Mere moments into We Were Soldiers, the battlefield smells familiar. As a circa-1954 French platoon maneuvers through the Vietnamese Central Highlands, a soldier’s conversation is interrupted by a spatter of blood and the rotten-melon squelch of a bullet entering his commander’s head. Raging battle ensues, bodies pierced in every possible manner by flying ammunition. It’s cinematic warfare as we’ve come to expect it post-Saving Private Ryan, the same unapologetically graphic aesthetic propagated by the current patriotic hit Black Hawk Down—war is hell and warriors are meat.
There are legitimate arguments to be made on either side regarding whether or not this trend is a good thing—is literal blood-and-guts honest, or exploitative?—but neither side has much to do with why We Were Soldiers ultimately proves so frustrating. Because no sooner does the brutal opening sequence end than we’re thrown into an entirely different world—not just a war movie set in the 1960s, but one that feels like it was made in the 1960s. Somewhere, there’s a middle ground between Black Hawk Down’s relentless sensory assault and the sanitized-for-your-protection war films of a bygone era. The seriously split personality of We Were Soldiers ain’t it.
Like Black Hawk Down, We Were Soldiers comes from a non-fiction book based on a chaotic real-life battle—in this case, the November 1965 Ia Drang Valley campaign that first planted Americans squarely in the middle of the Vietnam War. Mel Gibson stars as Lt. Col. Hal Moore, a Korean War veteran assigned to lead a group of Army Air Cavalry in a previously untested brand of helicopter warfare. But no sooner are Moore’s men on the ground than it becomes clear they’re in serious trouble. Superior numbers under the command of Vietnamese commander Ahn (Don Duong) are pinching in on the Americans’ position, and Moore begins to wonder whether his men can hold out until reinforcements arrive.
And to We Were Soldiers’ credit, at least Moore’s men are actually men. The most common—and entirely deserved—criticism of Black Hawk Down was that it treated Americans and Somalis alike as anonymous gun-toters, whose deaths inspired about as much resonant emotion as blasting a character in a video game. Director and screenwriter Randall Wallace, who also dealt with noble fighting men—and Mel Gibson—as writer of Braveheart, isn’t about to make any such mistake. We Were Soldiers spends 45 minutes with the soldiers on the home front, building lives and histories for the soldiers. Wallace even journeys behind the Vietnamese lines, giving individual faces to the enemy soldiers as well. When people die here, it means something.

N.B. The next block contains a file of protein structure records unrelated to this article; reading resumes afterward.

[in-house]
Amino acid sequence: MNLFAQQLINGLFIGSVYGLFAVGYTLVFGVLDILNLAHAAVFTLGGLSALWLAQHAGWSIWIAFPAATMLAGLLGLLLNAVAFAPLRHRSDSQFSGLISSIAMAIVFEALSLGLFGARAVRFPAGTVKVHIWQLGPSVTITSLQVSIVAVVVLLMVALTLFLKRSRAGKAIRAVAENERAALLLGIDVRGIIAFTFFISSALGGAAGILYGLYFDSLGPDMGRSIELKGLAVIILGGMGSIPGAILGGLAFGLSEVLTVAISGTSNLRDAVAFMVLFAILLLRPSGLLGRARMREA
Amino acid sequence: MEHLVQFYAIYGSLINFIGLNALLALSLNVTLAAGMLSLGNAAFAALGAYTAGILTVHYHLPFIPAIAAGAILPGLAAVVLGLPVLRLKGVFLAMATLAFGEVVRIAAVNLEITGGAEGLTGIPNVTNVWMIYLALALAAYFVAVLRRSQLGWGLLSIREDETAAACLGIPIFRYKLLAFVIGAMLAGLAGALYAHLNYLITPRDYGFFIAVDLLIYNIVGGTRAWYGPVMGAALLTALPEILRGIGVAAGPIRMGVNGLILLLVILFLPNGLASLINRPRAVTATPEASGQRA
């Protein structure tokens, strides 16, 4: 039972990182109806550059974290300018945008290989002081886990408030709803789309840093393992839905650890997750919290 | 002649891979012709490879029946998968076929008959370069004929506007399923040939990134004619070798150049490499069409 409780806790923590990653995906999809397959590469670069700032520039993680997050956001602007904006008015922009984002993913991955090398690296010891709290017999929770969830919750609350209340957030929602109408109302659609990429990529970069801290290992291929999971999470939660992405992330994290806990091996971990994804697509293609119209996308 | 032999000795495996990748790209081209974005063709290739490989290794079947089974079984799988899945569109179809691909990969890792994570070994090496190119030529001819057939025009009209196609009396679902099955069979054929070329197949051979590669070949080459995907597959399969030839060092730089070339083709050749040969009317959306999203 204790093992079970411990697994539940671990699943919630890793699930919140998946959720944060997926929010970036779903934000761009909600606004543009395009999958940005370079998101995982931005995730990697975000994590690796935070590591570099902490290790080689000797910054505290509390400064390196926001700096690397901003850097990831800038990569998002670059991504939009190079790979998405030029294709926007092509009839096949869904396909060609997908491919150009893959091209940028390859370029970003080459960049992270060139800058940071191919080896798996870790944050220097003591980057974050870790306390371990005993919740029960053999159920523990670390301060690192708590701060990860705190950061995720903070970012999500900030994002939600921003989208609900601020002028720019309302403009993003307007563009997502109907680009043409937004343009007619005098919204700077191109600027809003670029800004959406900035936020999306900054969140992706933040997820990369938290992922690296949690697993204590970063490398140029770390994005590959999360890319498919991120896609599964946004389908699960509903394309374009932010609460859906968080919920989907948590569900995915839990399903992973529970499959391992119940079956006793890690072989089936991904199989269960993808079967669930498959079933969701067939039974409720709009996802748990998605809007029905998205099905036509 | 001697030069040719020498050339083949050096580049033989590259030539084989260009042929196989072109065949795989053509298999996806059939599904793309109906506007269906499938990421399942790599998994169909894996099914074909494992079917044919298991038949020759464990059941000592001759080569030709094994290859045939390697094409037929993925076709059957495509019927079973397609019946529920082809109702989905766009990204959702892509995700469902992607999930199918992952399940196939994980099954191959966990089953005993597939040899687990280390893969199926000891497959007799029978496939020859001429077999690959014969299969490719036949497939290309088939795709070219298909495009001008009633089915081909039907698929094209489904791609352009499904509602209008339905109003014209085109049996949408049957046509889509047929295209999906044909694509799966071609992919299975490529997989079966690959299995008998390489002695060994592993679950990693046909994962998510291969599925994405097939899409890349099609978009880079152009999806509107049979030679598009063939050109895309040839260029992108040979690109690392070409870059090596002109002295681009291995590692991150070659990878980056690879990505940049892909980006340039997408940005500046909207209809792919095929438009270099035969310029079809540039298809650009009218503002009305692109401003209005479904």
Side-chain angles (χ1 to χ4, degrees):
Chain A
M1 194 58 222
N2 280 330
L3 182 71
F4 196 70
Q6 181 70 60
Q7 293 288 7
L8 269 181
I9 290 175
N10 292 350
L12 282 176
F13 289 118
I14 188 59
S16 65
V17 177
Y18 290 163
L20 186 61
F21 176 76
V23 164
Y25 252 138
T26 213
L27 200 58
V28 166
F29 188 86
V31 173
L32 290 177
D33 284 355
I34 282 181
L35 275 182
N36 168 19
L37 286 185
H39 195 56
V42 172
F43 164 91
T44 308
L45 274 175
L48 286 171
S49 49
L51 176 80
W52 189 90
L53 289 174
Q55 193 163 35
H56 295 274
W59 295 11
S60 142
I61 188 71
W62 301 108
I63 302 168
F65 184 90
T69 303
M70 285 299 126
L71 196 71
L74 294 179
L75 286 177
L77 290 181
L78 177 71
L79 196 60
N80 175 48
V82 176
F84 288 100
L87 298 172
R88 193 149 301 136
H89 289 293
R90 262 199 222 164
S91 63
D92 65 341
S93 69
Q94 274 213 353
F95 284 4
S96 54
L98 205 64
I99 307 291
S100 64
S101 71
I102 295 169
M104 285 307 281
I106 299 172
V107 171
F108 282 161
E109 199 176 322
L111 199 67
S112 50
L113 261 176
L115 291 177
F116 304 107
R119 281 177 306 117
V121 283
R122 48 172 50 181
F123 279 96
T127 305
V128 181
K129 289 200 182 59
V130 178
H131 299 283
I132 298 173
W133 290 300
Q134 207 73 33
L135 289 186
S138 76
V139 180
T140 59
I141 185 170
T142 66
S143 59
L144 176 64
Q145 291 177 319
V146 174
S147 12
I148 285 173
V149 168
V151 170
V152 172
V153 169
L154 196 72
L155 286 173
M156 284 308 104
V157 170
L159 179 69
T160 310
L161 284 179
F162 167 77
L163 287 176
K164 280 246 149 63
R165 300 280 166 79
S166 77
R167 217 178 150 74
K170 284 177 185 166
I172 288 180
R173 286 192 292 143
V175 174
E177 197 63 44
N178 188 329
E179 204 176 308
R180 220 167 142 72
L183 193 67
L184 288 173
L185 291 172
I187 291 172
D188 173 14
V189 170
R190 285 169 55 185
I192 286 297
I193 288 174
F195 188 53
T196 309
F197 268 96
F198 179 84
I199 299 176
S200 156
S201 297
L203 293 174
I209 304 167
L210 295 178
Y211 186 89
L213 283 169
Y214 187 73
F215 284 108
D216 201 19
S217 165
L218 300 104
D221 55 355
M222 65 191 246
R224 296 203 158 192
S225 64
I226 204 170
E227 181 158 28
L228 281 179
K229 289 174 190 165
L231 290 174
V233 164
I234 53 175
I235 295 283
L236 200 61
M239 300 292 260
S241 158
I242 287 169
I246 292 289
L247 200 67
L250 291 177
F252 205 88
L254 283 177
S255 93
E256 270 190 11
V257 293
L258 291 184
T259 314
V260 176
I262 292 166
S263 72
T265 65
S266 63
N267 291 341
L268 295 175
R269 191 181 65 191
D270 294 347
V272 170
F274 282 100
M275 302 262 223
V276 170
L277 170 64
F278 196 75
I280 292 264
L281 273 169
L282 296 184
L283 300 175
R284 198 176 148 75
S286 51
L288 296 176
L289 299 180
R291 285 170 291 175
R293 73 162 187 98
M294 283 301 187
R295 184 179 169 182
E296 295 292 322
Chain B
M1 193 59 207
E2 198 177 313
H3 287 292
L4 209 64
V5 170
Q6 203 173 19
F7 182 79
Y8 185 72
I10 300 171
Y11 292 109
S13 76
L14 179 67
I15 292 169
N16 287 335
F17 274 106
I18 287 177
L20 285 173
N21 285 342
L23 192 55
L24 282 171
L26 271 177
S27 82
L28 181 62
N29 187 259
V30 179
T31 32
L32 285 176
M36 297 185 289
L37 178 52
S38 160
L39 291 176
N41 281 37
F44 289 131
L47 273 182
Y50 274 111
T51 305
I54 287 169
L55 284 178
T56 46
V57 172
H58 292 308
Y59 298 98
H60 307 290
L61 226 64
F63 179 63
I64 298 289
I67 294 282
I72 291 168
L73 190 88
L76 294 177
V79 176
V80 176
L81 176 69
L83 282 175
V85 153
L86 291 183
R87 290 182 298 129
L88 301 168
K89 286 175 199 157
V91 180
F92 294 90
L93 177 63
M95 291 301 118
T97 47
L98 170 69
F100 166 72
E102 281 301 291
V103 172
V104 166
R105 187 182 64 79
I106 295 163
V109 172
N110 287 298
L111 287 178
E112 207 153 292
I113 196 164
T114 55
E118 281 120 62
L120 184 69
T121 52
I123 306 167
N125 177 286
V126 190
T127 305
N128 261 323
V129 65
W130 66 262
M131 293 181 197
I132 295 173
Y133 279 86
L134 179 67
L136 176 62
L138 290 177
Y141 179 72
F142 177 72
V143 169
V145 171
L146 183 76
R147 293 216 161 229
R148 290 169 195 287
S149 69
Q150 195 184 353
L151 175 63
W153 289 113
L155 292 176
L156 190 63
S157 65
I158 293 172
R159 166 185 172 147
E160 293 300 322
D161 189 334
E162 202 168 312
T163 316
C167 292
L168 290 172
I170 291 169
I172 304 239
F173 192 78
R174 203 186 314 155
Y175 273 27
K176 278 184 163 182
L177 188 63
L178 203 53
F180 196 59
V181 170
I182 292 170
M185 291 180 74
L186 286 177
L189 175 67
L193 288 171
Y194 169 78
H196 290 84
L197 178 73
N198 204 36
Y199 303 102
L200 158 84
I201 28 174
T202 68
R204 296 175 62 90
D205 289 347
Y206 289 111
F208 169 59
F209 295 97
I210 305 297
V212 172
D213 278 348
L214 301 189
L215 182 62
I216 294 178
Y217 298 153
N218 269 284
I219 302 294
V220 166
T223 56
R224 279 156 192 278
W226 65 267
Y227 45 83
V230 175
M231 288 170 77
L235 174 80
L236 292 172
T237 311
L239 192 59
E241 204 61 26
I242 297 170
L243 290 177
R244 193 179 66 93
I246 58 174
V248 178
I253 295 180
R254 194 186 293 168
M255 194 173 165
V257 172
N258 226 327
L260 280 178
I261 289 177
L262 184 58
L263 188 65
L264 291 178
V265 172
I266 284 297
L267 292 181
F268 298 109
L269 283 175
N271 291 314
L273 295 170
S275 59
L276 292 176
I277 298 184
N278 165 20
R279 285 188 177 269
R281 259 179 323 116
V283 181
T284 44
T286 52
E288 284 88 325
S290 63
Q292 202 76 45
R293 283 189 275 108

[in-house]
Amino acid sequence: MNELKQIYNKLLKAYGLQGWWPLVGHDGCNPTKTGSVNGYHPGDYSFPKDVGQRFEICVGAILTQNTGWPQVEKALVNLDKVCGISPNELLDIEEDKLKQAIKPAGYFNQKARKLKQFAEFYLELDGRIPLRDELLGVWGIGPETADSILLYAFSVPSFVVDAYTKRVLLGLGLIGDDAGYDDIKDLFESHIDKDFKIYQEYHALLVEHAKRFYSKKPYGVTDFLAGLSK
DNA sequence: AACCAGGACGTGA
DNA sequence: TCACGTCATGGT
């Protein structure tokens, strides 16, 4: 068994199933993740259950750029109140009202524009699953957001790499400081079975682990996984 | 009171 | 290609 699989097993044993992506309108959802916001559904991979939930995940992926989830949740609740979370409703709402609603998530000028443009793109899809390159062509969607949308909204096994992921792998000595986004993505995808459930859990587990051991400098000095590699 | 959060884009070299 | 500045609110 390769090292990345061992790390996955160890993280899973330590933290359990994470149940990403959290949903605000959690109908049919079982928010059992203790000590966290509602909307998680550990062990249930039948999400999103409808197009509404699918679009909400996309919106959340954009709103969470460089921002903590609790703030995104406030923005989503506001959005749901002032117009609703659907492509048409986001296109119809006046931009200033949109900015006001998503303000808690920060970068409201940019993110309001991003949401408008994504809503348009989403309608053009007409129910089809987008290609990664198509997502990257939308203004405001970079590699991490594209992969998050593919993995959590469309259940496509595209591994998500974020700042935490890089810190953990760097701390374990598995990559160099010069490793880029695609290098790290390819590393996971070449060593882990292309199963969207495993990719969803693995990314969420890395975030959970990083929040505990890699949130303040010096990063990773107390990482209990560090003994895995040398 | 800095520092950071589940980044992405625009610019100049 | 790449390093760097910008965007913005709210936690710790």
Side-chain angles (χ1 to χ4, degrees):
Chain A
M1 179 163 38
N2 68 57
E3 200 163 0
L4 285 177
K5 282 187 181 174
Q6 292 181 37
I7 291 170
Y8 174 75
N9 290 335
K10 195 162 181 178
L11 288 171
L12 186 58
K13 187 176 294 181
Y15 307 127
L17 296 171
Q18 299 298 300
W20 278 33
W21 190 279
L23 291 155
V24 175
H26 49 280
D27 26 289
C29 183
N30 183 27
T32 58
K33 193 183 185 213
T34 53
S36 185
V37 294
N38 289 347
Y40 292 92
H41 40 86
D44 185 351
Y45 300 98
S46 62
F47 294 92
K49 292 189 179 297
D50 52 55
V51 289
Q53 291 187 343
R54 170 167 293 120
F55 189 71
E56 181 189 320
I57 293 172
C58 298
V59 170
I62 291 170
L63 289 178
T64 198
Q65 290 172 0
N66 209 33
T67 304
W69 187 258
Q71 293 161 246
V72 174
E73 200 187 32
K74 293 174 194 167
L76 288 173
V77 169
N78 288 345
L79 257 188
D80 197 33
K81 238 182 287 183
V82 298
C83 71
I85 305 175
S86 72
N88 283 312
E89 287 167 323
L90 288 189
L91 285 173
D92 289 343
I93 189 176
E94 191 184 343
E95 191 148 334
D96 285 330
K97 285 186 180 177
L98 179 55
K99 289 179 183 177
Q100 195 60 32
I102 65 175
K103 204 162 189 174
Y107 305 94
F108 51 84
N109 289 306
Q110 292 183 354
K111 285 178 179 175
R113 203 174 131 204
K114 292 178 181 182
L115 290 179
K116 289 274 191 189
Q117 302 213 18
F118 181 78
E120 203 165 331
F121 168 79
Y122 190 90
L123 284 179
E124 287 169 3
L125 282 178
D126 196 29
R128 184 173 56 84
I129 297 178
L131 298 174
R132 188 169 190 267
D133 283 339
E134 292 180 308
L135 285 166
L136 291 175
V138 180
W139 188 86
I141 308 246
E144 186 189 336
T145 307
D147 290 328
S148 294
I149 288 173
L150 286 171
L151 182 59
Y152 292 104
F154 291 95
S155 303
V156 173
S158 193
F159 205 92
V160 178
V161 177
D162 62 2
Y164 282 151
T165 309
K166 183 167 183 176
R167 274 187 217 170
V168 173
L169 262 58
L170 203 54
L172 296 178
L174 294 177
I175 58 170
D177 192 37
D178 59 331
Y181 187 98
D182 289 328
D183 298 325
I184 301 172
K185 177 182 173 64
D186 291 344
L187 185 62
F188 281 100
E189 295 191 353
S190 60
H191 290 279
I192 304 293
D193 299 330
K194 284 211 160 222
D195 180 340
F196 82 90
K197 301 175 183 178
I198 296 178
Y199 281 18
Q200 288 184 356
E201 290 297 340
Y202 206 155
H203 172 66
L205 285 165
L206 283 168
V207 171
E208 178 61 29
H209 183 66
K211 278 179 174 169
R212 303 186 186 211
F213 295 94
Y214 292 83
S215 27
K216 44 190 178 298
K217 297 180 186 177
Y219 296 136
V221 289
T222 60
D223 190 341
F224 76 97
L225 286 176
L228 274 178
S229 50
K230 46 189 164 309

If only it didn’t mean we’d be knee-deep in clichÃ©s as well as blood. Characters introduced with any sort of sentimental connection—a photo of the Girl Back Home, a hearty cry of “My wife’s having a baby today!”—are so doomed they might as well be wearing targets on their backs. The military wives collapse into tears upon receiving telegrams informing them of casualties. Not one but two different men whisper, “Tell my wife I love her” before dying. If not for the occasional returns to contemporary carnage, the melodramatic throwback sensibility We Were Soldiers might have you swearing it had been languishing on a shelf since World War II.
And there certainly is plenty of that contemporary carnage—horrifying glimpses of phosphorous burns, legs stripped of their flesh and men picked off like ducks in a shooting gallery. There’s an ever-present tension in We Were Soldiers between a sweeping drama of comrades-in-arms and the source material’s guts-and-bolts anatomy of a mission gone awry. Instead of finding a way to combine the two, Wallace simply alternates between them. The tone shifts are enough to give you whiplash.
Many of Wallace’s directing choices are gripping, from the eerie illumination of advancing Vietnamese soldiers to the gentle tinkle of falling spent cartridges. It’s telling, however, that the film offers a heroic return home as its climactic moment. We Were Soldiers knows that we in the 21st century expect war movies to shake us up. It’s also so grounded in a simpler past that it just can’t help giving us a great big hug.